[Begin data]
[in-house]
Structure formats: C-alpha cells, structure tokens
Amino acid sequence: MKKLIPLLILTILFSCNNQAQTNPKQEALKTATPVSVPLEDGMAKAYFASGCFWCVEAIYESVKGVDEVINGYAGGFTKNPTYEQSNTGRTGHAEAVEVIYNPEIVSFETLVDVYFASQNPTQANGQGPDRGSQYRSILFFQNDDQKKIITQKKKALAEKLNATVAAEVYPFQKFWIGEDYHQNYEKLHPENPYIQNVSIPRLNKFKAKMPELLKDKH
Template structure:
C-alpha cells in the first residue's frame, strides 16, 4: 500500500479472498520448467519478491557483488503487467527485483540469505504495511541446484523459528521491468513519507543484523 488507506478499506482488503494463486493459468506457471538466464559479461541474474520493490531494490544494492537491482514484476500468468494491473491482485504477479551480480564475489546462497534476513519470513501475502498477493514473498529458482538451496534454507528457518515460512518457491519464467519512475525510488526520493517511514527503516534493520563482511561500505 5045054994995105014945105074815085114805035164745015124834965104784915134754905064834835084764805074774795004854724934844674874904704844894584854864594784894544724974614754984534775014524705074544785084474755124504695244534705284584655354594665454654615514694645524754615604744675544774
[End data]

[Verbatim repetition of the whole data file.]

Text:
[in-house]
Structure formats: C-alpha cells, structure tokens
Amino acid sequence: MKKLIPLLILTILFSCNNQAQTNPKQEALKTATPVSVPLEDGMAKAYFASGCFWCVEAIYESVKGVDEVINGYAGGFTKNPTYEQSNTGRTGHAEAVEVIYNPEIVSFETLVDVYFASQNPTQANGQGPDRGSQYRSILFFQNDDQKKIITQKKKALAEKLNATVAAEVYPFQKFWIGEDYHQNYEKLHPENPYIQNVSIPRLNKFKAKMPELLKDKH
Template structure:
C-alpha cells in the first residue's frame, strides 16, 4: 500500500479472498520448467519478491557483488503487467527485483540469505504495511541446484523459528521491468513519507543484523 488507506478499506482488503494463486493459468506457471538466464559479461541474474520493490531494490544494492537491482514484476500468468494491473491482485504477479551480480564475489546462497534476513519470513501475502498477493514473498529458482538451496534454507528457518515460512518457491519464467519512475525510488526520493517511514527503516534493520563482511561500505 5045054994995105014945105074815085114805035164745015124834965104784915134754905064834835084764805074774795004854724934844674874904704844894584854864594784894544724974614754984534775014524705074544785084474755124504695244534705284584655354594665454654615514694645524754615604744675544774